Globalization has become the new century's most abused buzzword.
Advocates and detractors alike bend its meaning to fit their
In truth, globalization entails a dense web of cross-border
relationships that range from the very evident - one example is the
exotic fruits found in supermarkets - to the very subtle, such as
the opinions that become conventional wisdom as a result of the
unprecedented boom in human interaction.
One aspect frequently missed in the debates about globalization
is its measurement: How extensive is globalization? Which countries
are the most globalized? The least? And why?
Those rare instances in which anyone attempts to measure
globalization typically rely on data concerning international trade
and investment flows, to the exclusion of other aspects of global
To fill this gap, Foreign Policy magazine teamed up with A.T.
Kearney to create the Globalization Index, which employs indicators
spanning information technology, finance, trade, travel, and
personal communication to gauge levels of global integration in 50
key developed countries and emerging markets.
The results of this exercise offer a fascinating three-
dimensional glimpse of the nature, speed, and scope of
globalization. Looking closely at the details, we find strong
evidence that some of the most widely held notions surrounding
global integration require reexamination. Consider just a few of
Globalization and income disparity need not go together. The
world's most global countries boast greater income equality than
their less-global counterparts.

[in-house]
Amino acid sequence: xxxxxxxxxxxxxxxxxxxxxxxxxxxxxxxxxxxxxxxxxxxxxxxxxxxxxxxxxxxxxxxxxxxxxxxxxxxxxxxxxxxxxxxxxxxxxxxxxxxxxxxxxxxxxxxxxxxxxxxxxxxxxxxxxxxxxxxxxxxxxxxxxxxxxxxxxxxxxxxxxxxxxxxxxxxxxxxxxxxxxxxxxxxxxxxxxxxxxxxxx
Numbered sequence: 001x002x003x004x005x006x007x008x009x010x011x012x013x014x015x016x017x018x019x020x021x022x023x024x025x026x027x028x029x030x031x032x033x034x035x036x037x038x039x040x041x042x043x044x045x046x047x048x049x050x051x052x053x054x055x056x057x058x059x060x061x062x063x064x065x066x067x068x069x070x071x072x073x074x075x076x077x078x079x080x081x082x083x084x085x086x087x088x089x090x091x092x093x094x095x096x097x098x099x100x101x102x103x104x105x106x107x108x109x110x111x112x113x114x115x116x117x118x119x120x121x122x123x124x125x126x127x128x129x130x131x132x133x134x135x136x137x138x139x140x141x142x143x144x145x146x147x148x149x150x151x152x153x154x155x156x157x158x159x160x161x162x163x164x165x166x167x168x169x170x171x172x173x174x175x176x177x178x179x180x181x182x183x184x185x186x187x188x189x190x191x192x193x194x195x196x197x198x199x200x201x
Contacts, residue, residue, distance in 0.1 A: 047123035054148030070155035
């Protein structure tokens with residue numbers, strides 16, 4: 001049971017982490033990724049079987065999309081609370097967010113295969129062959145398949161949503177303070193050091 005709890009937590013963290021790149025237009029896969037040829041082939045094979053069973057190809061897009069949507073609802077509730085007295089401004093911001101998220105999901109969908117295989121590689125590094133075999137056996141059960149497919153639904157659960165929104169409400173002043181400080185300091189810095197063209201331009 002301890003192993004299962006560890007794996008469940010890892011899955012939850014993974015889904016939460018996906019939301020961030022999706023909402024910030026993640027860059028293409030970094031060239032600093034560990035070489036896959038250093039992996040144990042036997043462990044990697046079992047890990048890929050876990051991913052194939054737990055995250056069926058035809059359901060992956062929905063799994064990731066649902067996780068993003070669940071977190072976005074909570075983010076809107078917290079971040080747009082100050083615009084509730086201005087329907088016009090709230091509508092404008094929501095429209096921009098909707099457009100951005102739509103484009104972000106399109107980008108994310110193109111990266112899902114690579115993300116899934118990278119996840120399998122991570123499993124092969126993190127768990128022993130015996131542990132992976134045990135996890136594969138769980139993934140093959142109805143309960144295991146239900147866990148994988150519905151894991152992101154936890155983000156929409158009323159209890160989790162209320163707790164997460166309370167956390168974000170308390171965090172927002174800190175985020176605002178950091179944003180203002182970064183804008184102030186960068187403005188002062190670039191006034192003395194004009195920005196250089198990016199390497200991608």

Even among developing countries, those that are more integrated
with their neighbors (such as Hungary, Poland, and the Czech
Republic), tend to have more equitable patterns of income
distribution than those that are not as well integrated (including
Argentina, China, and Russia).
This finding offers a counterpoint to those who argue that
developing countries are poor and unequal because of globalization,
suggesting instead that history, economic policies, welfare
programs, and education policies may play an important role in
shaping income distribution.
More-globalized nations are freer and less corrupt. With few
exceptions, countries that score well on the Globalization Index
enjoy greater political freedom, as measured by the annual Freedom
House survey of civil liberties and political rights. Similarly, a
comparison of the index's rankings with Transparency
International's survey of perceived corruption worldwide suggests
that public officials in more-global countries are less corrupt
than their counterparts in closed economies. …